Implementing SAN Security Techniques

With the ever-increasing importance of data storage in enterprise environments, we must also be concerned about securing this data—as it resides on the disk and when it is in transit on the network. This section explores a number of technologies you can use to secure your SAN environment to better protect your valuable data.

Using LUN Masking to Defend Against Attacks

A Logical Unit Number (LUN) is an address for an individual disk drive and, by extension, the disk device itself. The SCSI protocol uses the term LUN as a way to differentiate the individual disk drives that comprise a common SCSI target device, such as a SCSI disk array.

To defend against attacks, LUN masking may be employed. In this authorization process, a LUN is made available to some hosts and unavailable to other hosts. Generally, this technique of LUN masking is implemented at the host bus adapter (HBA) level. Unfortunately, when LUN masking is implemented at this level, it is vulnerable to any attack that compromises the HBA.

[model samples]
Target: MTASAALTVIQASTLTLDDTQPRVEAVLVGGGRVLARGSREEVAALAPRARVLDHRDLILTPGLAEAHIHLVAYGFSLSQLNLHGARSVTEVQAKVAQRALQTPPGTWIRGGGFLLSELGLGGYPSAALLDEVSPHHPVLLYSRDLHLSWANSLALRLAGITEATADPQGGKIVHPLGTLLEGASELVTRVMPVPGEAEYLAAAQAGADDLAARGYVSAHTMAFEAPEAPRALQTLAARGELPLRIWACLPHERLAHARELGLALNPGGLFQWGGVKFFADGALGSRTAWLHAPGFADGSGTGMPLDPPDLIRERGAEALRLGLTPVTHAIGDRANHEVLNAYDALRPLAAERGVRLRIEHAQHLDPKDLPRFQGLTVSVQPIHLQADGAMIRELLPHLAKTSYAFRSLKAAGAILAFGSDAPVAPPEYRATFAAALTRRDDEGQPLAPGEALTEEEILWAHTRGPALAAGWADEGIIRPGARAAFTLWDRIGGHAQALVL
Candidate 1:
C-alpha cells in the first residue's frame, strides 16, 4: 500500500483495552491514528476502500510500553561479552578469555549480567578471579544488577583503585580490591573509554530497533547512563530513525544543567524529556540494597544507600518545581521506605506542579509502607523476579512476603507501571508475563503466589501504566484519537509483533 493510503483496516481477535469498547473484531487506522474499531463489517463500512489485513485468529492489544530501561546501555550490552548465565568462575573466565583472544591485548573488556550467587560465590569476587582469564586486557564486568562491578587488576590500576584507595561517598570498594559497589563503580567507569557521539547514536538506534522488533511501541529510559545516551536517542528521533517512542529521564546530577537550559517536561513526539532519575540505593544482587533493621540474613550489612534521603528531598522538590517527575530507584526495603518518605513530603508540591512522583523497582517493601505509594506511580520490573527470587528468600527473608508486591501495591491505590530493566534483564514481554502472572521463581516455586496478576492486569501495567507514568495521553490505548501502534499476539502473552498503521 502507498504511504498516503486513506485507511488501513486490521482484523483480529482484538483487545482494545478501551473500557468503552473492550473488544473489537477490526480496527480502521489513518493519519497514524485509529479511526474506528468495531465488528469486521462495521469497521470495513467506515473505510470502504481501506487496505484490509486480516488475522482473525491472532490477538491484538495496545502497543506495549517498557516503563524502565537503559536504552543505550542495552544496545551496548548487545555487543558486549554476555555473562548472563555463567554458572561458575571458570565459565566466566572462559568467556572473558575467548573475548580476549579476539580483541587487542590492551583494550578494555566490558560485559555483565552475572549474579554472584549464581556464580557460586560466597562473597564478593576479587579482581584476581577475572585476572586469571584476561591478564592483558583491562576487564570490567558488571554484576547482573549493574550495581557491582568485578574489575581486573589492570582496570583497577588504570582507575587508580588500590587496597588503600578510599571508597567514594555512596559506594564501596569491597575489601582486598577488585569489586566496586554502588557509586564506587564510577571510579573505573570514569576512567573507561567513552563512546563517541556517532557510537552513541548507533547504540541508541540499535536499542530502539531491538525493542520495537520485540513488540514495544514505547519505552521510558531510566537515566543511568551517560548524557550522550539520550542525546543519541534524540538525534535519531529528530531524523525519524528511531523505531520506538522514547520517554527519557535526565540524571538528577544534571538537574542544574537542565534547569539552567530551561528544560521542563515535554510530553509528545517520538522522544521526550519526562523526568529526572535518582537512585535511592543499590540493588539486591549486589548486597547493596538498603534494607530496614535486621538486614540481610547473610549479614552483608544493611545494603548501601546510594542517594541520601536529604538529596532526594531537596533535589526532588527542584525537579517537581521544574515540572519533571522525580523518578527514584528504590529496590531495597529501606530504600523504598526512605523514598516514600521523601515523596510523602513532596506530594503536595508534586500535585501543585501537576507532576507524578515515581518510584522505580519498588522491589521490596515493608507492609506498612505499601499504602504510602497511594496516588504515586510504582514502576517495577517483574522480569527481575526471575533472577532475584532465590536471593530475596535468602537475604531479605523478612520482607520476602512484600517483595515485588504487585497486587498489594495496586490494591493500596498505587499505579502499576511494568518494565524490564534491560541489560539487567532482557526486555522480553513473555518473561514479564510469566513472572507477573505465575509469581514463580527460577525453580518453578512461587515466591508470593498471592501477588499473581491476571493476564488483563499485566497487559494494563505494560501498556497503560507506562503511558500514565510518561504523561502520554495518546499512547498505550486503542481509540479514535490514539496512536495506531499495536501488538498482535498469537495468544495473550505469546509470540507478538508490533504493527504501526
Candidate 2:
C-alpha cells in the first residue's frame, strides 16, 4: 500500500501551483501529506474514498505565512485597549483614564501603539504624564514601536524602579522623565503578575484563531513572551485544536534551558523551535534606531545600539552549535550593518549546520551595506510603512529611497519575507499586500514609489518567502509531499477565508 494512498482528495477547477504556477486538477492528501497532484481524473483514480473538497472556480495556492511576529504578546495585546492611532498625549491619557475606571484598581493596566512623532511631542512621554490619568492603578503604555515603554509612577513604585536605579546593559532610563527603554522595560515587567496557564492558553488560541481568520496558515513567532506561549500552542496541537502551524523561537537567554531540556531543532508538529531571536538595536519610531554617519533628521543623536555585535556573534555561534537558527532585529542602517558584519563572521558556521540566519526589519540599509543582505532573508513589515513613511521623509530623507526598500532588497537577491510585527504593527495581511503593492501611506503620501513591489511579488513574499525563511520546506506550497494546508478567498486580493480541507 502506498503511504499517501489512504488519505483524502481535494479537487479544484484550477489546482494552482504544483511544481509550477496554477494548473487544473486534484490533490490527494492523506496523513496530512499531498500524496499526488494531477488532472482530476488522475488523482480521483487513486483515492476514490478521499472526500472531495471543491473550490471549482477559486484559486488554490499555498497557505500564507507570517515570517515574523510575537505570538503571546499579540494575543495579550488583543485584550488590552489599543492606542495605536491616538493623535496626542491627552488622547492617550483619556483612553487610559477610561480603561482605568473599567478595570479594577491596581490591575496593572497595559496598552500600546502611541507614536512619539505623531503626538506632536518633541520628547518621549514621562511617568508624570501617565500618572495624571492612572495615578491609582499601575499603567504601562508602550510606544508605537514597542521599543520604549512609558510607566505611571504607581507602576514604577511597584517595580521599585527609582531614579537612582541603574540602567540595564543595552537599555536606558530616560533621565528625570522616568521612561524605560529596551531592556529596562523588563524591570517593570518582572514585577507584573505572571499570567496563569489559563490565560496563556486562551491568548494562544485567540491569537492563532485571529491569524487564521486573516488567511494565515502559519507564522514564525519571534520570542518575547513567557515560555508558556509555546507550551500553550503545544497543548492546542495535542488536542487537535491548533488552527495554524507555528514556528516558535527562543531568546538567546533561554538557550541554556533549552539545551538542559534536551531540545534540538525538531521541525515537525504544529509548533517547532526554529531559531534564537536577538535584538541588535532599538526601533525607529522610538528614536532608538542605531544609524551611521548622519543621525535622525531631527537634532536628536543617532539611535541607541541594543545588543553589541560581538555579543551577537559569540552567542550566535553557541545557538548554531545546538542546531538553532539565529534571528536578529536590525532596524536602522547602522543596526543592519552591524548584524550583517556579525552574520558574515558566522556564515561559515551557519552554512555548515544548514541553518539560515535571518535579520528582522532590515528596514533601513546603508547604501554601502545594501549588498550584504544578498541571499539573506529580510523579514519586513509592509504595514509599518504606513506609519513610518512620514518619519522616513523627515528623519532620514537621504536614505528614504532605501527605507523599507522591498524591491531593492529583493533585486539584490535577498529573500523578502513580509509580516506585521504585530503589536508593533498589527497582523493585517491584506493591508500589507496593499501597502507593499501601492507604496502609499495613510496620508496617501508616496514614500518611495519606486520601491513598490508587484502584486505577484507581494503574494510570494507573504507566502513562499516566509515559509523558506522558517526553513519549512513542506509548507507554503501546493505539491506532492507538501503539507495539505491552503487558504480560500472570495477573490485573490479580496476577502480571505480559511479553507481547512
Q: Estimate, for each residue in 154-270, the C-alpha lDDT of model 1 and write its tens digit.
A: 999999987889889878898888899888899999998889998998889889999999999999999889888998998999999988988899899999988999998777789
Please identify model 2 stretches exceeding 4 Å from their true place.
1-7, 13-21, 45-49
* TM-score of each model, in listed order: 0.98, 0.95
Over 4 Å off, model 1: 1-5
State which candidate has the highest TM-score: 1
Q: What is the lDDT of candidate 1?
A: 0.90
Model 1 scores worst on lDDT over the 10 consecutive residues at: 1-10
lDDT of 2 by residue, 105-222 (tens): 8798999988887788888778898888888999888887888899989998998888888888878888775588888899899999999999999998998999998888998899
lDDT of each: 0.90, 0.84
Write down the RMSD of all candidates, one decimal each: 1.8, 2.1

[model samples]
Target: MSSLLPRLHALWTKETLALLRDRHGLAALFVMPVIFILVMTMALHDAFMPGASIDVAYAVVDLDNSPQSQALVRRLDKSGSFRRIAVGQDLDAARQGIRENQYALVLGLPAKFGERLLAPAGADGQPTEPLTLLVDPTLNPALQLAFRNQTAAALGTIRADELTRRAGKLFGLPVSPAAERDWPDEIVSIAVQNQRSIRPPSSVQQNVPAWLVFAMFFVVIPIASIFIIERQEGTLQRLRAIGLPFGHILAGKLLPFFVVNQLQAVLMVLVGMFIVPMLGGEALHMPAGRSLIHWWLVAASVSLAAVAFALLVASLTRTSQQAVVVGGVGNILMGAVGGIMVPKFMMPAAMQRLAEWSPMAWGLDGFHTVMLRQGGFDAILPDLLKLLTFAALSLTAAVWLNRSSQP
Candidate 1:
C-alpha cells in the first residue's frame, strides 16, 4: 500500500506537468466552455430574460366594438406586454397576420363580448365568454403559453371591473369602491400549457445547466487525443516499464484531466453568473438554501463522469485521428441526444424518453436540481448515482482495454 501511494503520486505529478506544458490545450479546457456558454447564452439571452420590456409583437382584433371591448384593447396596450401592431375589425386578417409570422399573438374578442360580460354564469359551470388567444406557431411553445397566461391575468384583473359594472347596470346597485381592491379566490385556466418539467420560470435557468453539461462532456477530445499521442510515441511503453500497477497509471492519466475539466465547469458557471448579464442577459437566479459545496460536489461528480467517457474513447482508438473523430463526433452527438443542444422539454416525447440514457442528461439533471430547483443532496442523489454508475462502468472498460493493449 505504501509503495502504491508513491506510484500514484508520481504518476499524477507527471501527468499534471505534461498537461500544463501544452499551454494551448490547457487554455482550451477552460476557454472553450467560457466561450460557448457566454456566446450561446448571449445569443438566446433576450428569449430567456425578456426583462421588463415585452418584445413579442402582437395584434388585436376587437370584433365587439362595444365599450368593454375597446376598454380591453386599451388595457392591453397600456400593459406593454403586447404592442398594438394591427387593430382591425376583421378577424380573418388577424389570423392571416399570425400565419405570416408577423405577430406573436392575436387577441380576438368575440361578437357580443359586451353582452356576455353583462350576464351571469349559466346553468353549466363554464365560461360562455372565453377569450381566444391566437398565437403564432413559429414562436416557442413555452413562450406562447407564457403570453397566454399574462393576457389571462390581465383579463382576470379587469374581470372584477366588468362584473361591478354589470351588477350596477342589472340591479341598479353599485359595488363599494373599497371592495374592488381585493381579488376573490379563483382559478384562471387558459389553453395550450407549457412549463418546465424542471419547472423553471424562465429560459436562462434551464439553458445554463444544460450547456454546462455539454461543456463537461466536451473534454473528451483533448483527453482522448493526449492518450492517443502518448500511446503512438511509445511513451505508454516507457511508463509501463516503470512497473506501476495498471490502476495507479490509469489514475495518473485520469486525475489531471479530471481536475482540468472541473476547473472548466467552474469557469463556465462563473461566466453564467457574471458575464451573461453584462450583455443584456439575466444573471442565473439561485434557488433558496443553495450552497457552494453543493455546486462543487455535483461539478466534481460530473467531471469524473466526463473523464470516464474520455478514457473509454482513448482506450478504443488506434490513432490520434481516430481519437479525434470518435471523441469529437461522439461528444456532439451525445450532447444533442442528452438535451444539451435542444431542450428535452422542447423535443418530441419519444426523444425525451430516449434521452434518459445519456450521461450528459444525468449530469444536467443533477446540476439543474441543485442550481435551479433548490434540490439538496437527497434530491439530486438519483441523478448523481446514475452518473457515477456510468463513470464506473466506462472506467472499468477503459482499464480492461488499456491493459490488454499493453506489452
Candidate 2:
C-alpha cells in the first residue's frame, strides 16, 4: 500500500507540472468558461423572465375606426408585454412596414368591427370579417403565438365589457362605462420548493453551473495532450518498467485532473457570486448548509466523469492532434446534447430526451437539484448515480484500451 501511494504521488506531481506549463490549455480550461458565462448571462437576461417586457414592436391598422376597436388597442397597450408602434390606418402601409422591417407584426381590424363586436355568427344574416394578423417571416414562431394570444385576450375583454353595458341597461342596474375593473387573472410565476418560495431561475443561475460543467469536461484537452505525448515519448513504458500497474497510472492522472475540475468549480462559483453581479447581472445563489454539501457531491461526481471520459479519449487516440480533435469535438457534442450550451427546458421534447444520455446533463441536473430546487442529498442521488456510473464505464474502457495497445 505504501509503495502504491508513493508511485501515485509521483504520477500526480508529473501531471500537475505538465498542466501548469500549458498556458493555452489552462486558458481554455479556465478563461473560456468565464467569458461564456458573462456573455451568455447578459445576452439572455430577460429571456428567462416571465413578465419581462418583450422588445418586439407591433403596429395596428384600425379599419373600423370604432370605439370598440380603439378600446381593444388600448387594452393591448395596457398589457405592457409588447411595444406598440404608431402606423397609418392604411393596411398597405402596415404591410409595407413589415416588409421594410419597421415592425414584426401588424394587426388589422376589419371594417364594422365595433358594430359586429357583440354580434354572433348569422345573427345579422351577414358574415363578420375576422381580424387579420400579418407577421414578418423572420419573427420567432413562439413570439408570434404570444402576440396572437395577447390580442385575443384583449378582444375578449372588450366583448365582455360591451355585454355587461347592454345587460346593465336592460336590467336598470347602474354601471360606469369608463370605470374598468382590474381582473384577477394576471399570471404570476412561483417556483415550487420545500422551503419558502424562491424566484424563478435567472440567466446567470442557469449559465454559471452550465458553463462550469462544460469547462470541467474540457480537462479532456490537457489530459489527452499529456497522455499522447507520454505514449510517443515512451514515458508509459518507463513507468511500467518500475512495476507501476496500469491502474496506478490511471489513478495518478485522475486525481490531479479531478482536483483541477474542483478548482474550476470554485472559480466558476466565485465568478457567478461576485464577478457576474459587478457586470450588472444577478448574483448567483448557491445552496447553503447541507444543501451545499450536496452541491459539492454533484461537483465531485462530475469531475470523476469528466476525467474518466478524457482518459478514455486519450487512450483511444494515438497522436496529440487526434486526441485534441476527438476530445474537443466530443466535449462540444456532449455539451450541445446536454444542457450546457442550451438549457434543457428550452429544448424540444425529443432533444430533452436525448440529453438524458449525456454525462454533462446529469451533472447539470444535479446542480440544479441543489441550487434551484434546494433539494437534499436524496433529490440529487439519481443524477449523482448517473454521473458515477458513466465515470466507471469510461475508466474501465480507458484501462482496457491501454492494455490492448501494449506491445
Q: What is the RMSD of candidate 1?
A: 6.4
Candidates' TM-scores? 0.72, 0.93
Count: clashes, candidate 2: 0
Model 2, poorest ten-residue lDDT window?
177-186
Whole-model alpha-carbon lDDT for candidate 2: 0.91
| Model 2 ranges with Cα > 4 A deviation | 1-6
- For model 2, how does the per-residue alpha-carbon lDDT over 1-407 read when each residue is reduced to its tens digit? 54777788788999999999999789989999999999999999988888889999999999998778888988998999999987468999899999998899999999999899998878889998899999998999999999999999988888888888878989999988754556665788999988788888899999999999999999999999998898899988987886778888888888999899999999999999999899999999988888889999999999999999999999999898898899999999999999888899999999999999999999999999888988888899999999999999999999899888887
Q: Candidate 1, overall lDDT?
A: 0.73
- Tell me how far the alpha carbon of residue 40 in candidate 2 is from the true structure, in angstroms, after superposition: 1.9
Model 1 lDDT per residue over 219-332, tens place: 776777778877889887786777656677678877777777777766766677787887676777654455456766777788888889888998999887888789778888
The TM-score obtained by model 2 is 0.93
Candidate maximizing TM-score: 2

Benefits, with regard to security, are limited with the implementation of LUN masking. This is because with many HBAs it is possible for an attacker to forge source addresses. For this reason, LUN masking is implemented mainly as a way to protect against malfunctioning servers corrupting disks belonging to other servers.

An example of where LUN masking might be useful is in the case of Windows servers attached to a SAN. In some instances these corrupt non-Windows volumes by attempting to write Windows volume labels to them. In these cases, hiding the LUNs of the nonWindows volumes from the Windows server can prevent this behavior. With the LUNs masked, the Windows server is unaware of the non-Windows volumes and thereby makes no attempt to write Windows volume labels to them. In today's implementations, typically LUNs are not individual disk drives but rather virtual partitions (or volumes) within a RAID array.

Examining SAN Zoning Strategies

It is not uncommon for a SAN to contain a number of different storage devices. In these instances, for security purposes, one device should not necessarily be allowed to interact with all other devices in the SAN. To prevent this behavior, Fibre Channel zoning may be employed. Fibre Channel zoning is the partitioning of a Fibre Channel fabric into smaller subsets. Figure 8-4 shows an example of Fibre Channel zoning.

..■•— Figure 8-4 Fibre Channel Fabric Zoning Key